|How The Jeep Was Hacked|
|Written by Harry Fairhead|
|Sunday, 16 August 2015|
Now we have the story of exactly how the Jeep Cherokee was hacked so that it could be controlled remotely, a demonstration that ultimately led to a costly recall of 1.4 million vehicles.
Cars are more like computers with an engine and some wheels. In this brief period between human assisted driving and completely autonomous driving we can begin to explore the security aspects.
A number of car hacks have recently hit the news headlines, but it is only now that the technical details of the vulnerabilities are being made public at Black Hat USA 2015 in a paper by Charlie Miller and Chris Valasek.
What is interesting is how weak the security was. For example, the initial attack was on the car's WiFi which used a password generated from the time of day the car's multimedia system was first activated. Given the precision of the time and date you would think that this was reasonable, but if you know the month the car was manufactured you can bring the possibilities down to 15 million. Add to this the fact the car was most likely activated during the day and you are down to 7 million. In fact, the password wasn't actually generated on the time but the default time January 01 2013 00.00 GMT plus a few seconds that the multimedia unit took to boot. This reduces the number of combinations to tens and very very easy to crack.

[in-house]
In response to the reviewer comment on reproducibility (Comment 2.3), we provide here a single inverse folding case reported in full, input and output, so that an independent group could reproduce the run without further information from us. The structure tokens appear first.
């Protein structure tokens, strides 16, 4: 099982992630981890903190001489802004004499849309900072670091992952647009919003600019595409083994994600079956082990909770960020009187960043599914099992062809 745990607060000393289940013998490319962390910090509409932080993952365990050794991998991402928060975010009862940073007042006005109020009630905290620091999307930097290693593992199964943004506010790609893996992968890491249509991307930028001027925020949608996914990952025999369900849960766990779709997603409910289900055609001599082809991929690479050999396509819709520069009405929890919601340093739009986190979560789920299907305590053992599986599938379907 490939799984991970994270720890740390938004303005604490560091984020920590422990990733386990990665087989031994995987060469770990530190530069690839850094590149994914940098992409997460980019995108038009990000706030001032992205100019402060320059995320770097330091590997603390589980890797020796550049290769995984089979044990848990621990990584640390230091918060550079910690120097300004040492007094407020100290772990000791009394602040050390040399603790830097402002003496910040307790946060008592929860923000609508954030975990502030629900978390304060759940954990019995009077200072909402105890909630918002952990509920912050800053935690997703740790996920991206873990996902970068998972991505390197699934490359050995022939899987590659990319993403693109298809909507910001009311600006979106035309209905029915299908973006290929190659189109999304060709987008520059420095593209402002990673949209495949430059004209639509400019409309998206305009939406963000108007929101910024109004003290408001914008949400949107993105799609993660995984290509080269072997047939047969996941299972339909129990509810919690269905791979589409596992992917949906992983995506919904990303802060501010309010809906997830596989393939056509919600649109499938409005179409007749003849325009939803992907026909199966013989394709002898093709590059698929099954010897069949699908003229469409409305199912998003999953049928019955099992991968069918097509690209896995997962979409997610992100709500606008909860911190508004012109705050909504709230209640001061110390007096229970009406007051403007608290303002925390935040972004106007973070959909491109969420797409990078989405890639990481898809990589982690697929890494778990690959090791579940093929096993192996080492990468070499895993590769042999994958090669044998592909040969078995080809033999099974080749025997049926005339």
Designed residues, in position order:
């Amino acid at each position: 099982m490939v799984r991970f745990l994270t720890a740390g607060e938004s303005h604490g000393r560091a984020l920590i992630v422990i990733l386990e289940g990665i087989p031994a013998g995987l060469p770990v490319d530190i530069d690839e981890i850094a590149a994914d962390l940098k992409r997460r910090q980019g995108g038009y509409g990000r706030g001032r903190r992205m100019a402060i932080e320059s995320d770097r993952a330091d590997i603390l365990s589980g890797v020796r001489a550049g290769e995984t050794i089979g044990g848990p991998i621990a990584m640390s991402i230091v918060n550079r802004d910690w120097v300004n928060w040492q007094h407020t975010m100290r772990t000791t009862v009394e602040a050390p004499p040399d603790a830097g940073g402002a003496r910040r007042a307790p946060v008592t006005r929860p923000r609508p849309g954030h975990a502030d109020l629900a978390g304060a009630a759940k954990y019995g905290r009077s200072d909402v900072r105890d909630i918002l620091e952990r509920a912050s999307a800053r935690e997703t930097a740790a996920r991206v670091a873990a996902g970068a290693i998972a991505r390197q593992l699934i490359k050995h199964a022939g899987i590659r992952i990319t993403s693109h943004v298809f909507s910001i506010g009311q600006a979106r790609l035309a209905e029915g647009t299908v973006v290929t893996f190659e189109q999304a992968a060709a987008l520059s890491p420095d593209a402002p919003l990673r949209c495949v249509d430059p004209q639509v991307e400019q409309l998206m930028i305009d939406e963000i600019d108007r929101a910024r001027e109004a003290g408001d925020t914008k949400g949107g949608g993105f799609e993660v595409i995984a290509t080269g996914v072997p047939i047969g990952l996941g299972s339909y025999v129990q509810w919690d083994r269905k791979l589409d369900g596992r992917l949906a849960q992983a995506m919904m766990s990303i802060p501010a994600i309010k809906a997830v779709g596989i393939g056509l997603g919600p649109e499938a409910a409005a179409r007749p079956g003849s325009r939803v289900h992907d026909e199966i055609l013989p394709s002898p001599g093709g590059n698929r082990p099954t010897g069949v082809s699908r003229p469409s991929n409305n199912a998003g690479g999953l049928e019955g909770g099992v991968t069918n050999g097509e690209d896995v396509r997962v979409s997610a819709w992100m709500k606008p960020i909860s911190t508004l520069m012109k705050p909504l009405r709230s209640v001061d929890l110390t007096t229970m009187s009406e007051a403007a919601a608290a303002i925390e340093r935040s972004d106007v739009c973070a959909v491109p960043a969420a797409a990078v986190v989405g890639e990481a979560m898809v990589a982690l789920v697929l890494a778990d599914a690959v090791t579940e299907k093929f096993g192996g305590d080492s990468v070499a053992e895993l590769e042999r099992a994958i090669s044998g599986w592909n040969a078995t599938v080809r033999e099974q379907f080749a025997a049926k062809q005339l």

At this point the hackers could connect to the multimedia computer and after a few simple exploits gain control of it. Of course, this only allowed them to turn the radio on, change channels and volume, but it still could be a driver distraction. Tracking the car using the GPS did prove possible, however.
Soon afterwards the hackers also found a way to gain access via the Sprint Cellular network.
The real challenge was in finding a way out of the sandbox that the multimedia system is in. Most of the interesting electronics in a car is connected together via a CAN bus - a simple serial bus that lets the engine sensors talk to the control computer the ECU. The CAN bus on all cars is the focus of security measures, which mainly amount to keeping it isolated from the outside world - what has become known as an "air gap". Unfortunately this air gap didn't really exist.
The Jeep has two CAN buses - one for the engine and one for the other systems. The multimedia controller wasn't on either of the CAN buses, but it was connected to a chip that was. The chip in question was programmed only to listen to the CAN bus and not to send commands over it. So in its basic setup you could argue that there was an "air gap" in that there was no way for the multimedia controller to send messages via the intermediate device. Of course we all know that programmable chips can be programmed and this was the next stage in the hack.
Reverse engineering the software of the intermediate chip made it possible to flash the chip with a new program, which did allow a bidirectional connection to the CAN bus.